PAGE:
President Trump traveled to Florida on Tuesday and pitched himself as a strong defender of the environment, despite his unprecedented moves to overturn regulations put in place to safeguard the country’s air, water and natural resources.
“Trump is the great environmentalist,” the president said of himself at a ceremony in Jupiter, where he signed an executive order to extend a ban on offshore oil drilling in three states. “And I am, I am. I believe strongly in it.”
Left unsaid at the ceremony for the executive order, which covers South Carolina, Florida and Georgia, is that it was Trump’s own proposal to allow drilling along the coasts of those states that sparked the backlash that led him to reconsider his initial plan.
In his remarks, Trump called himself “the No. 1 environmental president since Teddy Roosevelt,” citing his signing of the Great American Outdoors Act, which provided $1.9 billion for infrastructure improvements in the national parks.
But it was his administration that lopped off 2 million acres from two cherished wilderness areas in Utah, the largest rollback of federal land protection in the nation’s history.
In February, nine of the nation’s leading environmental groups issued a joint statement calling Trump the “worst president for our environment in our history.”
“Donald Trump’s administration has unleashed an unprecedented assault on our environment and the health of our communities. His policies threaten our climate, air, water, public lands, wildlife, and oceans; no amount of his greenwashing can change the simple fact: Donald Trump has been the worst president for our environment in history,” said the statement from Alaska Wilderness League Action, Clean Water Action, Defenders of Wildlife, Earthjustice, EDF Action, Friends of the Earth, the League of Conservation Voters, the Sierra Club and the Wilderness Society.
That assessment stems from the fact that the Trump administration has sought to weaken or roll back roughly 100 environmental regulations since he became president.
A little over a week ago, the administration rolled back an Obama-era regulation that would have forced coal plants to upgrade how they treat wastewater so as to lower the amount of mercury and arsenic they release into rivers, streams and lakes.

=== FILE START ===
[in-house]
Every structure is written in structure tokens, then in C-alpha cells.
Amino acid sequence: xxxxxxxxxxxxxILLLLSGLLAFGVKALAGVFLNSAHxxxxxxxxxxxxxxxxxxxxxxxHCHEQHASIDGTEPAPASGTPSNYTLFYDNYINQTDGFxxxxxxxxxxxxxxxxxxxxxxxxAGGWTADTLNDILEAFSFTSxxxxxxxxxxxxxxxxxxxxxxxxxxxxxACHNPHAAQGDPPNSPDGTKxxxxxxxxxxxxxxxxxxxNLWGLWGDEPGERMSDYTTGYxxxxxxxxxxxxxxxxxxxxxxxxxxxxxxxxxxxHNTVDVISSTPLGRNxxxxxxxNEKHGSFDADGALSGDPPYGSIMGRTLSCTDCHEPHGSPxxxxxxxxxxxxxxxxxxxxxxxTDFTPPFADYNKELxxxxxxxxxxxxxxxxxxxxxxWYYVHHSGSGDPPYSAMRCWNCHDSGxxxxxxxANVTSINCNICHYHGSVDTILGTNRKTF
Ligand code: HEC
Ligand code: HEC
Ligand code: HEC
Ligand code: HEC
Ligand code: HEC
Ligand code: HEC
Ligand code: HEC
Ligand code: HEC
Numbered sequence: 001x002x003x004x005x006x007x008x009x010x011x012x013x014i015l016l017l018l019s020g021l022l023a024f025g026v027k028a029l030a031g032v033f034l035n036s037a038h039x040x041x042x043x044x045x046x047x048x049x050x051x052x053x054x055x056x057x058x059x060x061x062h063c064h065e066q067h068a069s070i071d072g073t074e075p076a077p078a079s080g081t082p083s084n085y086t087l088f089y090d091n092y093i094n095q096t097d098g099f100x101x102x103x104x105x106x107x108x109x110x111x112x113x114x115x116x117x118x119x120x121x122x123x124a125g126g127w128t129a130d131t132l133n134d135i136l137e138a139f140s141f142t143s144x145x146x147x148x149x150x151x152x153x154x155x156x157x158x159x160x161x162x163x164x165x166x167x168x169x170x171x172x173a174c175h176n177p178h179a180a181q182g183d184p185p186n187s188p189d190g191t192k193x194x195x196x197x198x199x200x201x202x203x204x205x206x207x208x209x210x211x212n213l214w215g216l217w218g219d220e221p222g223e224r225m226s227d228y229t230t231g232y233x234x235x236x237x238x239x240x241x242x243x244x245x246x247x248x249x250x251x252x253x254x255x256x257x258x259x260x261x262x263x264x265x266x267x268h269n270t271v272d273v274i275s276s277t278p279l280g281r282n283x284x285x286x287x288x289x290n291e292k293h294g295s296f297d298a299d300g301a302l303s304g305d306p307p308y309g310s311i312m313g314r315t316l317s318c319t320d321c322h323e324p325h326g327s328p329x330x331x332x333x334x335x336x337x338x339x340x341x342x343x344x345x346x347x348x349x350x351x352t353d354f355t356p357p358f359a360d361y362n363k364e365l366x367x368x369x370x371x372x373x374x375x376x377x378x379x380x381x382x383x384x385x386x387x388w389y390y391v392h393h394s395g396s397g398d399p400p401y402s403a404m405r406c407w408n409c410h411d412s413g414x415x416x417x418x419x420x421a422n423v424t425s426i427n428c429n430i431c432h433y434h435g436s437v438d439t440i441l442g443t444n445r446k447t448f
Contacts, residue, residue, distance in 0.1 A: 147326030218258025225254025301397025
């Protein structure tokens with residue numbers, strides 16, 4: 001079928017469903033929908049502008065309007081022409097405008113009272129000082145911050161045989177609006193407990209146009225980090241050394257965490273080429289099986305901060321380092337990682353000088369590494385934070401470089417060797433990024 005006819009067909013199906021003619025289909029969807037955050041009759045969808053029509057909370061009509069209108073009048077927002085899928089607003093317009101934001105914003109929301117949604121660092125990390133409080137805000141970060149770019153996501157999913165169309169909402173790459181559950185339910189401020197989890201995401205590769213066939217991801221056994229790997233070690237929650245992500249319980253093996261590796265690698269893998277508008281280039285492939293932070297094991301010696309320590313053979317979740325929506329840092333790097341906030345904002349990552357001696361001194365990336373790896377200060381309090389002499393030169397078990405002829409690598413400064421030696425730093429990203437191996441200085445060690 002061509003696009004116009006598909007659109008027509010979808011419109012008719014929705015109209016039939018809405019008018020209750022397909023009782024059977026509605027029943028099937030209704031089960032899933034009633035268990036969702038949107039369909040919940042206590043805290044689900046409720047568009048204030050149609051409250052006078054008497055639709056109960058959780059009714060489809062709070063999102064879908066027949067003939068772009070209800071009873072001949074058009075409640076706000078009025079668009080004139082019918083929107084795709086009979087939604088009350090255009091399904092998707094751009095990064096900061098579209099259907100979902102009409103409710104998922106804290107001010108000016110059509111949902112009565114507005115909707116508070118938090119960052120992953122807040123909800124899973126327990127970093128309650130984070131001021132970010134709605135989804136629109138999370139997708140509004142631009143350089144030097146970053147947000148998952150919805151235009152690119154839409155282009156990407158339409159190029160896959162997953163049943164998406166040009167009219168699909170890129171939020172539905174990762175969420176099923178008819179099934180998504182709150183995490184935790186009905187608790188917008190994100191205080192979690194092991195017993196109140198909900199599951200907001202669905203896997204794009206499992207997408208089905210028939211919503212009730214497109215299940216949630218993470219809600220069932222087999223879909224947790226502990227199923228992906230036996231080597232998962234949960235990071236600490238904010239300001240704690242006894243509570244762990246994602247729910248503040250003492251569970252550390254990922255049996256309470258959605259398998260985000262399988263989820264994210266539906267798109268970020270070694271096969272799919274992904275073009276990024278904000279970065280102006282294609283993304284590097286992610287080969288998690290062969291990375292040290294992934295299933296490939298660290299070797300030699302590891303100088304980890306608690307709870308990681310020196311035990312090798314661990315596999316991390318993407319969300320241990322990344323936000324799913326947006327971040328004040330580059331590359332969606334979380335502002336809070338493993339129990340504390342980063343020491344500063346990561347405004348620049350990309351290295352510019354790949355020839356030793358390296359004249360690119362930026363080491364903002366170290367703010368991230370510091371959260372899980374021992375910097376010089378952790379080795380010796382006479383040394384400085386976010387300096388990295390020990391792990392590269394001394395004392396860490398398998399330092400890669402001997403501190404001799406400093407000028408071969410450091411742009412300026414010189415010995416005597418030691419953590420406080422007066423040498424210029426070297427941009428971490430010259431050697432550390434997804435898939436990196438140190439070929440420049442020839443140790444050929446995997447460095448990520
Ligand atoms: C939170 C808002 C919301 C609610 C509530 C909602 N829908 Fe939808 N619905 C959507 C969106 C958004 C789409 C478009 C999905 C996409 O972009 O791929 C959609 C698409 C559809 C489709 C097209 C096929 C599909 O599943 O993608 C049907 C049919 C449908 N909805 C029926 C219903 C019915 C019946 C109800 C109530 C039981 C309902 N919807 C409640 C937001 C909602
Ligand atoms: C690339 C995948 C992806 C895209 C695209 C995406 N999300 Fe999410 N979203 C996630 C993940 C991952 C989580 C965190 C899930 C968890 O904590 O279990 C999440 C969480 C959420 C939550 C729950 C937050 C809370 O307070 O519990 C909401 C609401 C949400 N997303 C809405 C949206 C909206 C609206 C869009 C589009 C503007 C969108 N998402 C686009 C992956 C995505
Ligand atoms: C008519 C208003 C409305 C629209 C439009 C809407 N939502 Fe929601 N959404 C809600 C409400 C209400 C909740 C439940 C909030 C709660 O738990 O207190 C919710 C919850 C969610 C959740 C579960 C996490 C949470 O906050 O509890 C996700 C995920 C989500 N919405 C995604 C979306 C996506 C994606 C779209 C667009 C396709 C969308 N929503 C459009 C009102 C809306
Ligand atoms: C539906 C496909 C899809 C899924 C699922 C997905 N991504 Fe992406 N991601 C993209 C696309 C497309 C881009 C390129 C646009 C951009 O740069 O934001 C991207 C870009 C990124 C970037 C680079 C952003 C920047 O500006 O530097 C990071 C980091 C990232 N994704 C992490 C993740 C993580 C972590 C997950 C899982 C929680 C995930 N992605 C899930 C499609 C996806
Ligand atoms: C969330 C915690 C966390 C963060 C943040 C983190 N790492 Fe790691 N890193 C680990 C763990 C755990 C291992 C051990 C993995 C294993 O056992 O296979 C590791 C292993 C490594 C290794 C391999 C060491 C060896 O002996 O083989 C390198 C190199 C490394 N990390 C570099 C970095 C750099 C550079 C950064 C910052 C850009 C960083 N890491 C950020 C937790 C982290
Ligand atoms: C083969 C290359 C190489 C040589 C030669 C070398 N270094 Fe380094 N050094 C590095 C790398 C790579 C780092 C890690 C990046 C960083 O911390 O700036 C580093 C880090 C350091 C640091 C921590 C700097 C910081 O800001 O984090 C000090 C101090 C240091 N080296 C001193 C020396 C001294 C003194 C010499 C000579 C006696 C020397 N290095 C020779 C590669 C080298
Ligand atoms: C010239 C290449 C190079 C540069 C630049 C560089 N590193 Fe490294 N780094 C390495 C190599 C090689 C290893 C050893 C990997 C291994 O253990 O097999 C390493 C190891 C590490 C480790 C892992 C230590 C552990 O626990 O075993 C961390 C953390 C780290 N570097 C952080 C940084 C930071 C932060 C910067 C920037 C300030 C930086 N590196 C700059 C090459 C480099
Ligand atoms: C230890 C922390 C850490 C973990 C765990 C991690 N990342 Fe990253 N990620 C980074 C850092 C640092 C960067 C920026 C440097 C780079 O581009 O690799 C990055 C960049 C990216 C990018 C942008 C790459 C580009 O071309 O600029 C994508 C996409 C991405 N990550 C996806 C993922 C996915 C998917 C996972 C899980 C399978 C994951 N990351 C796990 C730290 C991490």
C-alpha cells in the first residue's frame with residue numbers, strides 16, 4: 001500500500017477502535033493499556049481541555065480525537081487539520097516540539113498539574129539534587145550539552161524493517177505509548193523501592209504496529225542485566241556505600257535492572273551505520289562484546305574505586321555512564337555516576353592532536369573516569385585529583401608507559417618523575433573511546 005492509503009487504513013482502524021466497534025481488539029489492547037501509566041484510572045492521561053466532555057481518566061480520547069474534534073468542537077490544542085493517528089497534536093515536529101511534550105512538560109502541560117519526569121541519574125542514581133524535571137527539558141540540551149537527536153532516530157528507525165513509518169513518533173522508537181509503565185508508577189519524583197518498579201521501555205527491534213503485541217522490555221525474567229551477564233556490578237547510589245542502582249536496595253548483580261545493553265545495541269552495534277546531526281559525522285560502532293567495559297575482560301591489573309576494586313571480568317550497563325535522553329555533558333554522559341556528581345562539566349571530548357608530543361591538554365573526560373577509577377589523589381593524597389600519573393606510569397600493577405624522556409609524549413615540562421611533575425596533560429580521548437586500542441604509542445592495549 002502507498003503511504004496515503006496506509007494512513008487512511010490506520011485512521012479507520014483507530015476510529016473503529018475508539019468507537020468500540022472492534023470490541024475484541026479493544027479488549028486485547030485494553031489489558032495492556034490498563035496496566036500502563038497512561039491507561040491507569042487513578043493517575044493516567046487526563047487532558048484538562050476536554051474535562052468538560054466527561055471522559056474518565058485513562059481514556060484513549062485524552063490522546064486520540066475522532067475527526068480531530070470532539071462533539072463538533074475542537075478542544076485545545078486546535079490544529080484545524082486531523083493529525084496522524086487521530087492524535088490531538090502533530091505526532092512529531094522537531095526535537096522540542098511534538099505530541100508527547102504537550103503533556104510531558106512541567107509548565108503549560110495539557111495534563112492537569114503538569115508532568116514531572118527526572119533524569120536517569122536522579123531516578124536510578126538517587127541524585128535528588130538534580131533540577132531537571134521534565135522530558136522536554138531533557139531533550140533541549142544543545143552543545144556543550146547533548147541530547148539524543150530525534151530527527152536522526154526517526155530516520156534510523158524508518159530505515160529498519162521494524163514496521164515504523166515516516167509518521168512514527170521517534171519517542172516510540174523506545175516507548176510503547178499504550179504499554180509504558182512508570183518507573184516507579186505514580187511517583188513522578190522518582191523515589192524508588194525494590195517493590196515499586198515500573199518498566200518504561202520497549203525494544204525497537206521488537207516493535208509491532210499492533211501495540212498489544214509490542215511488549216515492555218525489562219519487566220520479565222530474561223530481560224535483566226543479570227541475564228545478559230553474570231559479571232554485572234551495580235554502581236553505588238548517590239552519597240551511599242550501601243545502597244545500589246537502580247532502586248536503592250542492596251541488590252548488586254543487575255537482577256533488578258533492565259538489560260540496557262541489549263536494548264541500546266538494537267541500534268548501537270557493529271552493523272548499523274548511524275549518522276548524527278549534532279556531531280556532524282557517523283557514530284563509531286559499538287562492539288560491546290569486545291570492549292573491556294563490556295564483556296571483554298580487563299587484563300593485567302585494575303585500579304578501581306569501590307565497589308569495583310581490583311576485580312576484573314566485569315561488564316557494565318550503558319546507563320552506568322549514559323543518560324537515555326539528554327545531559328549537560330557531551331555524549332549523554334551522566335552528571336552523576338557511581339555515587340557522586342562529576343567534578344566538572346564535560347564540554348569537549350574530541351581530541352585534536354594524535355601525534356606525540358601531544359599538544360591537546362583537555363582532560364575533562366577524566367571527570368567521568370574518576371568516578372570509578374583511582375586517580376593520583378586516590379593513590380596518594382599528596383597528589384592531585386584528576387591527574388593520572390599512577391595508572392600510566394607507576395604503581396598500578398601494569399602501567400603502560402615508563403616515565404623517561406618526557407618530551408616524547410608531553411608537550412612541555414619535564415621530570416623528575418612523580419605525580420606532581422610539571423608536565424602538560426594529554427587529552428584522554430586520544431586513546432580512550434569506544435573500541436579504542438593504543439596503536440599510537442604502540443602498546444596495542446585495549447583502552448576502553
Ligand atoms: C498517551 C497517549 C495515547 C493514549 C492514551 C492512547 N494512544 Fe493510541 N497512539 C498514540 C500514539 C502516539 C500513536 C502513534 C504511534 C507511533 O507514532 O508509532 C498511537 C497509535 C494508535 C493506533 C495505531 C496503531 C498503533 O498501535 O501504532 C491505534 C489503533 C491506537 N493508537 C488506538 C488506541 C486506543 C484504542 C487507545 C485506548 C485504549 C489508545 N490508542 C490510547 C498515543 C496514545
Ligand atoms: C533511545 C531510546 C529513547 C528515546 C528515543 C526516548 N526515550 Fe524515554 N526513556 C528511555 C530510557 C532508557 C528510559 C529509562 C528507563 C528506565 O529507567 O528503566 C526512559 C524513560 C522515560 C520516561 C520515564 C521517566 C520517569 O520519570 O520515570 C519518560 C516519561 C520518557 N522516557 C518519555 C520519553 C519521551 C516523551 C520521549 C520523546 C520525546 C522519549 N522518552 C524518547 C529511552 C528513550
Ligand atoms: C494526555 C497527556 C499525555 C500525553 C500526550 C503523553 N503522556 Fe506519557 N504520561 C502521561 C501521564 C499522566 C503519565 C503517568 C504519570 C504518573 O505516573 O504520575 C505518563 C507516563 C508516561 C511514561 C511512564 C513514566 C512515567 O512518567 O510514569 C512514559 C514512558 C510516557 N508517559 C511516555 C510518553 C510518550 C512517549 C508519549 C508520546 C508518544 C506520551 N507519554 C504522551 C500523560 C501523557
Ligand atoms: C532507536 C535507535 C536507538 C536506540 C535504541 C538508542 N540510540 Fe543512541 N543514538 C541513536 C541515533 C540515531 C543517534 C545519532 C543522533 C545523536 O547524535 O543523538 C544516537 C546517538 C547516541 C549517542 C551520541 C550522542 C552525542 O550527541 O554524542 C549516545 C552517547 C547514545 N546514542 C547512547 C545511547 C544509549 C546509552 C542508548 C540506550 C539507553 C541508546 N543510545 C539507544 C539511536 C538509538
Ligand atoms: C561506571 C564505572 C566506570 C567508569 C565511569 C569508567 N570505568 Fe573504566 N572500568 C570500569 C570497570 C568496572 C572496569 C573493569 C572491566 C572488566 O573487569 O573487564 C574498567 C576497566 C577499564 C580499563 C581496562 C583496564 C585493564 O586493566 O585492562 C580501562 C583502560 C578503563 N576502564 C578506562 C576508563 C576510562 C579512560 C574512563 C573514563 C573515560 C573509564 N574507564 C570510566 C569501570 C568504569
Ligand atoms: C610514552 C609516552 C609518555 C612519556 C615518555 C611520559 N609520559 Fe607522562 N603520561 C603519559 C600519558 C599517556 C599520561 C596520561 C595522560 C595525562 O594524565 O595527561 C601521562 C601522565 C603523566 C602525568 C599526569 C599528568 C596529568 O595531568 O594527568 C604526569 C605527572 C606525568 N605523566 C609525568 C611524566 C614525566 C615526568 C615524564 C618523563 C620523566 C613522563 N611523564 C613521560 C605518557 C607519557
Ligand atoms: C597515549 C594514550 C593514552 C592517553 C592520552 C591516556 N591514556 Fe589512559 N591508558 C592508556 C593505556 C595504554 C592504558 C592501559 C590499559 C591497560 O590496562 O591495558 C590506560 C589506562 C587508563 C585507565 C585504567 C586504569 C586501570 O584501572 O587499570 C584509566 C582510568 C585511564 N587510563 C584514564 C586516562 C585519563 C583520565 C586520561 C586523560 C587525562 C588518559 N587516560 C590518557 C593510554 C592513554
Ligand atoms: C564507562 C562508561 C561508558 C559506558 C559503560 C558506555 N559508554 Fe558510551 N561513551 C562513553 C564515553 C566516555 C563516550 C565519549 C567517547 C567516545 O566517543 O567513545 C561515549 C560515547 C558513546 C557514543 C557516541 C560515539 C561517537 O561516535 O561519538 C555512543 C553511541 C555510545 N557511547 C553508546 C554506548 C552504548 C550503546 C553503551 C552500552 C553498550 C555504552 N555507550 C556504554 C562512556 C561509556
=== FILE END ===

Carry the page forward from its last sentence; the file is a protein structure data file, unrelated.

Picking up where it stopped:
Trump has reversed fuel efficiency standards, opened more land for oil drilling (including in national parks), weakened restrictions on methane emissions, eased rules on power plant emissions, watered down rules on air pollution at national parks, sought to repeal Obama-era clean water rules and proposed changes to the Endangered Species Act.
Perhaps the biggest impact that Trump’s presidency will have on the environment will be felt in regard to climate change, which the president has called a “hoax.” He has submitted his intention to withdraw the U.S. from the Paris climate agreement and revoked an Obama executive order that laid out the goal of cutting federal greenhouse gas emissions by 40 percent in 10 years. Indeed, Trump has seemed to take special glee targeting regulations on greenhouse gases.
He has never acknowledged that climate change represents a problem for humanity, and he often portrays steps to reduce greenhouse gas emissions as impediments to economic growth, reserving special scorn for wind and solar power. In 2018, when presented with the findings of a report produced by his own government that showed that unchecked global warming would cost the U.S. economy hundreds of billions of dollars each year, Trump responded, “I don’t believe it.”
Owing to the risk of catastrophic oil spills, offshore drilling is highly unpopular in coastal states. But Trump campaigned, and for the most part has governed, as an enthusiastic supporter of oil and gas drilling and fracking.
Obama administration is killing American industrial renaissance by stopping drilling and fracking. Terrible for economy.— Donald J. Trump (@realDonaldTrump) October 17, 2013
In fact, his opposition to fighting climate change has now become a central issue of his reelection campaign.
“To our political opponents, environmental policy is just an excuse to advance a socialist platform that will impose trillions and trillions of dollars in new taxes and send our jobs overseas, making it impossible to open up new companies and to live less expensively,” Trump said Tuesday.
But polls show that a growing number of Americans in recent years believe climate change is a serious problem, especially those who live near coastlines. A Pew Research Center survey conducted in June found that 63 percent of U.S. adults now see climate change as having affected their local community. For those living near a coastline, that figure jumps to 73 percent.
With those statistics in mind, climate activist groups like the League of Conservation Voters have been launching campaigns in states like Florida to highlight the president’s record on the environment. That might also explain why Trump traveled to Jupiter on Tuesday to sign an executive order designed to convince voters he is indeed a “great environmentalist.”
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